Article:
This weekend, one of your Idolators traveled back his ancestral home of Philadelphia to take in the A/V-and-footwork spectacle of the fourth annual Stomping On The Yard “Super Stomp” championship at Temple University’s Liacouras Center, a college step-dancing tour hosted by Farnsworth Bentley (whose presence prompted the following text message from Maura: “omg umbrella”) where young stompers compete for $10k and “a golden Timberland boot known as Stompy.” It had been a week with too much drama for a dozen mamas, and when my sister fired off a MySpace blast about the contest with the subject header “omg omg omg” and the injunction “you owe this to me,” I knew what we had to do: throw back a couple of pre-show whiskeys and go watch African-American fraternity and sorority steppers tear shit up with 15,000 of our newest friends:
Though not a musical event per se, music is obviously a big part of Super Stomp, from the thundering snatches of current rap hits that punctuated each routine, sending the audience into gleeful fits of arena-wide seat-dancing, to the downright musicality—prepped by several decades of bleacher-bothering beats being turned into pop hits–of those marching, stomping feet banging out rhythms in real time. As we found our seats, our entrance music was, fittingly enough, the bubblegum yard-stomping sound of Lil Mama’s “Lip Gloss.”
Whittled down from 160 teams in 20 events over the course of the Stomping On The Yard tour, the performances in Philly were mind-boggling for someone with few preconceptions–everything from an 100-strong Attack of the Clones homage with the dancers in full Imperial Stormtrooper gear to a military-based routine with a life-size tank that rolled out from the wings and a life-size helicopter that dropped from the ceiling as the (literal) sparks flew–even if my sister and I both agreed that the less flashy routines took far more guts than those with a bank-busting special effects budget. Slick flicks like Stomp The Yard have mainstreamed the stepping tradition enough to make it a small part of pop culture, but watching these young men and women combine the fleet finesse of dance with the brute force of a full-contact sport live…well, the athleticism is enough to shame you into going for a jog immediately upon exiting the arena. Here’s a little promo-film taste in case you’re unfamiliar:
But this isn’t a dance blog, and so by way of a little on-the-spot sociological reporting, here is what I learned about music in 2007 at Super Stomp:
At one point, Farnsworth asked how many of the audience had gone out to cop the new 50 Cent album. The boos and catcalls were deafening. Then he asked how many had snagged Kanye instead. Ditto the deafening part, except it was all cheers. Then he launched into a well-intentioned spiel about transferring that voting-with-your-dollars fervor into actually hitting the voting booths during next year’s election. Half-hearted clapping. Meanwhile, “Stronger” and “Can’t Tell Me Nothing” got whoops and whistles, but the audience went apeshit when the DJ threw down on “I Get Money.” Which I guess proves that a really hot beat transcends any orchestrated marketing beef. And that the ’08 candidates have their work cut out for them.
Anything with a dance routine = good. Lil Boosie’s “Wipe Me Down” prompted multiple instances of “shoulders, chest, pants, shoes”-ing from those around me (myself included). Some people groaned when the DJ dropped “Chicken Noodle Soup,” but that didn’t stop those same groaners from attempting the moves.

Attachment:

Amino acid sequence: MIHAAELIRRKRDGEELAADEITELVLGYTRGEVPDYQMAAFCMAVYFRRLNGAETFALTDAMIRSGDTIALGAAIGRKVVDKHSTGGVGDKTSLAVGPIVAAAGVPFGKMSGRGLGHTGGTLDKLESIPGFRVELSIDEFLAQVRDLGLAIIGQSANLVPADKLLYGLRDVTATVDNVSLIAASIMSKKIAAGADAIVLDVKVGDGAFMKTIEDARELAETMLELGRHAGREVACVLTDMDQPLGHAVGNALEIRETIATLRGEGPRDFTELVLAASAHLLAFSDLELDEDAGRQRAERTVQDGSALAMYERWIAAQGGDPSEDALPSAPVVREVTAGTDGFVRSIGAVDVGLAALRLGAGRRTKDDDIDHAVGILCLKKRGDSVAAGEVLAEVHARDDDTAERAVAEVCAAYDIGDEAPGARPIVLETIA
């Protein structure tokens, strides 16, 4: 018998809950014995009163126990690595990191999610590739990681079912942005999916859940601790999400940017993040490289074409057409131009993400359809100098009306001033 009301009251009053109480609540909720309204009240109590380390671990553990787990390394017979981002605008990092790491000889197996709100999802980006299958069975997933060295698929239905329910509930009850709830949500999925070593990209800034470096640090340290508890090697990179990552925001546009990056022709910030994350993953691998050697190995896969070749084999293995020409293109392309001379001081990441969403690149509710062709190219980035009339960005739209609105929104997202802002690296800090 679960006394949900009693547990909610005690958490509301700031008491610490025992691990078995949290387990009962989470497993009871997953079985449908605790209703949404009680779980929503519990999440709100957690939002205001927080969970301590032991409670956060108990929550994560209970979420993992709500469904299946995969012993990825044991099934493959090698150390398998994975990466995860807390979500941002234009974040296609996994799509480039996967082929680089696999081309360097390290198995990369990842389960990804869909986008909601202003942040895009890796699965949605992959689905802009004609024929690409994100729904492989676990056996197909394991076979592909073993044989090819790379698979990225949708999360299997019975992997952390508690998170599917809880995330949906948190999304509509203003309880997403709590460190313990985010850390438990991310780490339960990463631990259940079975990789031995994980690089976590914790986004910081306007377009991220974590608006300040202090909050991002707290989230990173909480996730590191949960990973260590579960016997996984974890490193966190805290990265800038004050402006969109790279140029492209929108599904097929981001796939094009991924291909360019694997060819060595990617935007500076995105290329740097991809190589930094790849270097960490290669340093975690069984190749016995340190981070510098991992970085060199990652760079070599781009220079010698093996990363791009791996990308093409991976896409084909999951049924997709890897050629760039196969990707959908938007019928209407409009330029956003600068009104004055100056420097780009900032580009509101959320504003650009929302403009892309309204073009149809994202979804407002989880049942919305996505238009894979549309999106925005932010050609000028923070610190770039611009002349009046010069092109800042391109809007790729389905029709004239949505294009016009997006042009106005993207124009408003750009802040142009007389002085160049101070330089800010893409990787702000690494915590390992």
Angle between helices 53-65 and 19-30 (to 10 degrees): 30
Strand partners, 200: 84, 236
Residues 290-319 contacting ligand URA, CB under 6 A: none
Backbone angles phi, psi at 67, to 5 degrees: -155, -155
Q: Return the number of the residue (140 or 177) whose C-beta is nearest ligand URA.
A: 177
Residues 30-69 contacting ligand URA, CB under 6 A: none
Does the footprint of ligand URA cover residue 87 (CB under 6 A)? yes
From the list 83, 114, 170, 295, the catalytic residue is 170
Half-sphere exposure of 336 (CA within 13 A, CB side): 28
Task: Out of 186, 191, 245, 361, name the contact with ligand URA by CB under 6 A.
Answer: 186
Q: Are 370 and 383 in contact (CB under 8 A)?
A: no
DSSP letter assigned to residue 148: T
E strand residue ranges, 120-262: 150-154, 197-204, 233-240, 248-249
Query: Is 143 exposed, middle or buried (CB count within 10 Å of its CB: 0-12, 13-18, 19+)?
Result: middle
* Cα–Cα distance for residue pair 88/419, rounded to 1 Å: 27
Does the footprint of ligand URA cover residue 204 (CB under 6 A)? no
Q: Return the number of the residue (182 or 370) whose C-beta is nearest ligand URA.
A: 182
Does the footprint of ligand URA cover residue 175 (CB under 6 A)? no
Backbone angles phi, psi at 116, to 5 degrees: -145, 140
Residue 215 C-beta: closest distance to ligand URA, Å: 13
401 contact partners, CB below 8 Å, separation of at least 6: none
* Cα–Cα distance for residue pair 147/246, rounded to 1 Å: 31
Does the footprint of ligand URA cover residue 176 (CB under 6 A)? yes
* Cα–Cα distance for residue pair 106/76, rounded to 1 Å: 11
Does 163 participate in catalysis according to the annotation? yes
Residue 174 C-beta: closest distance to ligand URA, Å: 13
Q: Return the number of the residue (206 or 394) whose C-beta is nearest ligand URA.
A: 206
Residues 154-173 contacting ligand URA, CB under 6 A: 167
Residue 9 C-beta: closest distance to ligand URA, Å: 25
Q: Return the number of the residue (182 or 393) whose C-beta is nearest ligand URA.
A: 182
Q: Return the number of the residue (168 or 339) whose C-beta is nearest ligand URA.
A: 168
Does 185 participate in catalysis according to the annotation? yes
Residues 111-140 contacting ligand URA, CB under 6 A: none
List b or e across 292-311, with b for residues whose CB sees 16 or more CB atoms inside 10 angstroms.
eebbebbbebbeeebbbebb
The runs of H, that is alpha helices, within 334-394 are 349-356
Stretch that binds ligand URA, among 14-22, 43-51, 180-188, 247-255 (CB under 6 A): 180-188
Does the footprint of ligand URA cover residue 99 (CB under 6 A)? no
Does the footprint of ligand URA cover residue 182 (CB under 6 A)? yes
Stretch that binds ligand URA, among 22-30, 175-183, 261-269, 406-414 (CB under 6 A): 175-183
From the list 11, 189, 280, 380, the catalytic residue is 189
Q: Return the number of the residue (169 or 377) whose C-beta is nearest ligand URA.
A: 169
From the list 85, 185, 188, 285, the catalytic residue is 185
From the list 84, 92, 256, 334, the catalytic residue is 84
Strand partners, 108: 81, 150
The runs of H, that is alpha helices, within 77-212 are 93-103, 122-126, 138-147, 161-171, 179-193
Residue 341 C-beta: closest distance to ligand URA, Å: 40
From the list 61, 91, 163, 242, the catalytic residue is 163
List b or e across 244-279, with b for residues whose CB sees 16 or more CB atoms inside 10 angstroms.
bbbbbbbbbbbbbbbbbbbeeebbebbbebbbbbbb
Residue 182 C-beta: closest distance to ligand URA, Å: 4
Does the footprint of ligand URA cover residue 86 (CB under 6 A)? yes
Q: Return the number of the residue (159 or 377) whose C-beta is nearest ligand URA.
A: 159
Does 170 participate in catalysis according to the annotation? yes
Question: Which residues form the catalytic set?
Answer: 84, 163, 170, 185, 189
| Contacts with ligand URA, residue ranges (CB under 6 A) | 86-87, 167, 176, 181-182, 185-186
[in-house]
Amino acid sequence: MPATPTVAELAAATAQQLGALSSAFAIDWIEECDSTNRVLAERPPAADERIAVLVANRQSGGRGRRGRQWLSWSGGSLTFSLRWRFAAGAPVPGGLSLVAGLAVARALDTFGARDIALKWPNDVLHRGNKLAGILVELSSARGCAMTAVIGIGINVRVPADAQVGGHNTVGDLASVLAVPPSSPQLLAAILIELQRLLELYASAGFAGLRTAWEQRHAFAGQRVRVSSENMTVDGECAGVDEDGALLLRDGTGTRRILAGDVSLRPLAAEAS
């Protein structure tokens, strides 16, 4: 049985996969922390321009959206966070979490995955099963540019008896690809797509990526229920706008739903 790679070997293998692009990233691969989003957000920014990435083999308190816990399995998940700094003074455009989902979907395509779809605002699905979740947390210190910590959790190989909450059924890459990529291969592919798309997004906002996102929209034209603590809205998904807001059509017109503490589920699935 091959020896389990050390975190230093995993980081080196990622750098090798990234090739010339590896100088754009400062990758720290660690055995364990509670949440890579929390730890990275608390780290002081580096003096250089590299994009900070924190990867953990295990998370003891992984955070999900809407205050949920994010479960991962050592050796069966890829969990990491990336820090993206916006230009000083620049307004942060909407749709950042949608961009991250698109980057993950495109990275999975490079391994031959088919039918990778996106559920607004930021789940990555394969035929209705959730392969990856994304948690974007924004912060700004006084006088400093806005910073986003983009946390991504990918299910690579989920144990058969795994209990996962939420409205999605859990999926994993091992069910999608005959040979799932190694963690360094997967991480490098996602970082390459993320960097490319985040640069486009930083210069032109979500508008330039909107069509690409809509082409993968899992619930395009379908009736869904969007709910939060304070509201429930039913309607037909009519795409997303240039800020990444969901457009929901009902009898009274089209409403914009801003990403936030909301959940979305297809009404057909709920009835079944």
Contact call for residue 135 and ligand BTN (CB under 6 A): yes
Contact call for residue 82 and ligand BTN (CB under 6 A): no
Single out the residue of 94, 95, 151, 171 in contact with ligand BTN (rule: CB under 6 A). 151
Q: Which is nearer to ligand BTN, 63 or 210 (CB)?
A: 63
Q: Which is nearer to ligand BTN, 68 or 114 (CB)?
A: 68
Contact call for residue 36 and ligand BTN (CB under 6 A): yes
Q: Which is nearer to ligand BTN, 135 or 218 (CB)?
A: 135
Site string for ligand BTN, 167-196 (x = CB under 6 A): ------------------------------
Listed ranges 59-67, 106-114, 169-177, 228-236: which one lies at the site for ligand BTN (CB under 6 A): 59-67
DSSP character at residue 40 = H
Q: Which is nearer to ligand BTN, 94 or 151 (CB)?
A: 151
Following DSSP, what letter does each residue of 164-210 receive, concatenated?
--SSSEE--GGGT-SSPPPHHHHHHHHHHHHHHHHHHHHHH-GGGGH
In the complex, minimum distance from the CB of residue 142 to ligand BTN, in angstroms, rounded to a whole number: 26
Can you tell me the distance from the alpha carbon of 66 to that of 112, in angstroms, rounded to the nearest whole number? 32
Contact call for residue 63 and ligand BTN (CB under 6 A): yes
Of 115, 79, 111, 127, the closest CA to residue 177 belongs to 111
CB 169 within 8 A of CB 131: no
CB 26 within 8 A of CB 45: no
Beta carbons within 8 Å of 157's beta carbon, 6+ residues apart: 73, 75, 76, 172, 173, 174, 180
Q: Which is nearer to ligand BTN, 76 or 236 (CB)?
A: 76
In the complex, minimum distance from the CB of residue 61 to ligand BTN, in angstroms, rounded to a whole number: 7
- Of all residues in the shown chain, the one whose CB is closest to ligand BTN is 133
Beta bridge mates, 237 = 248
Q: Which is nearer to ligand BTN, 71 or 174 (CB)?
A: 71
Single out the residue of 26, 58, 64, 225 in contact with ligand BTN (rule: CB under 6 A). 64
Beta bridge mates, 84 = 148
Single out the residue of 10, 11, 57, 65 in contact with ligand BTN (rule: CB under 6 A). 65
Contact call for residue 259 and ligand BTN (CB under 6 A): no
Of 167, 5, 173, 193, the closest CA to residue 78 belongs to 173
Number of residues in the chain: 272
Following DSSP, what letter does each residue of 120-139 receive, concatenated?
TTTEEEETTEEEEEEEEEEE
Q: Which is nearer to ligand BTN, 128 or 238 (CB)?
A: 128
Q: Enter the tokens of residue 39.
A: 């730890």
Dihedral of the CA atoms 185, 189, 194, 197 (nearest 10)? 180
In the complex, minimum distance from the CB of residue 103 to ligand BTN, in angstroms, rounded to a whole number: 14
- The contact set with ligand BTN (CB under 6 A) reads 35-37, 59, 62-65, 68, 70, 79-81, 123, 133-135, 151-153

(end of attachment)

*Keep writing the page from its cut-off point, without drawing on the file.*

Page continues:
Songs where the appeal is utterly lost on me (i.e. a huge chunk of the pop charts in 2007) became more obvious (if not more appealing) watching the kind of mass response that it’s hard not to start leaning and rocking along with. I think “Crank That” is inane/tuneless/irritating–whatever old-man criterion you’d like to judge it by. But I can’t recall the last concert I was at where a crowd hollered like it was about to pop for the first dozen bars of a pre-recorded pop hit. If nothing else, its No. 1 status now feels like no fluke. (The most amazing part: same reaction each of three or four times those same few bars were dropped.) Ditto the agonizing “Party Like A Rock Star,” a song that’s been clamped to my ankle for months now like a rabid terrier in a skull-and-crossbones T-shirt. (A woman in front of me was practically banging her head right off her neck as she threw two-fisted devil horns at no one in particular.) These songs are, like, not good. But in a year where I feel very disconnected from the desires of mass culture, this went some way to affirming what people hear in said awfulness, i.e. something they can dance and sing along to with a sea of other people holding their cell phones aloft, i.e. the usual. (And thankfully I was back on an even keel when the opening 10-seconds of Big Boi’s still-awesome “Kryptonite”–and several-years-old–inspired the same kind of fevered shouts and whistles.)
Stepping/stomping is a world where Roisin Murphy is on equal footing with Lil Boosie. Perhaps the only world where this is the case.
Sadly, we had to cut out before everyone had performed, but the few hours of excitement generated by Super Stomp is going to make the next arms-folded, head-nodding gig I find myself making time at seem even more pallid/pointless than usual. Something other shows would do well to learn during long set-up times and other delays and snafus: instead of griping, whining, and booing, everyone should just get up and start dancing in impromptu conga lines down the aisles. It’s totally win-win.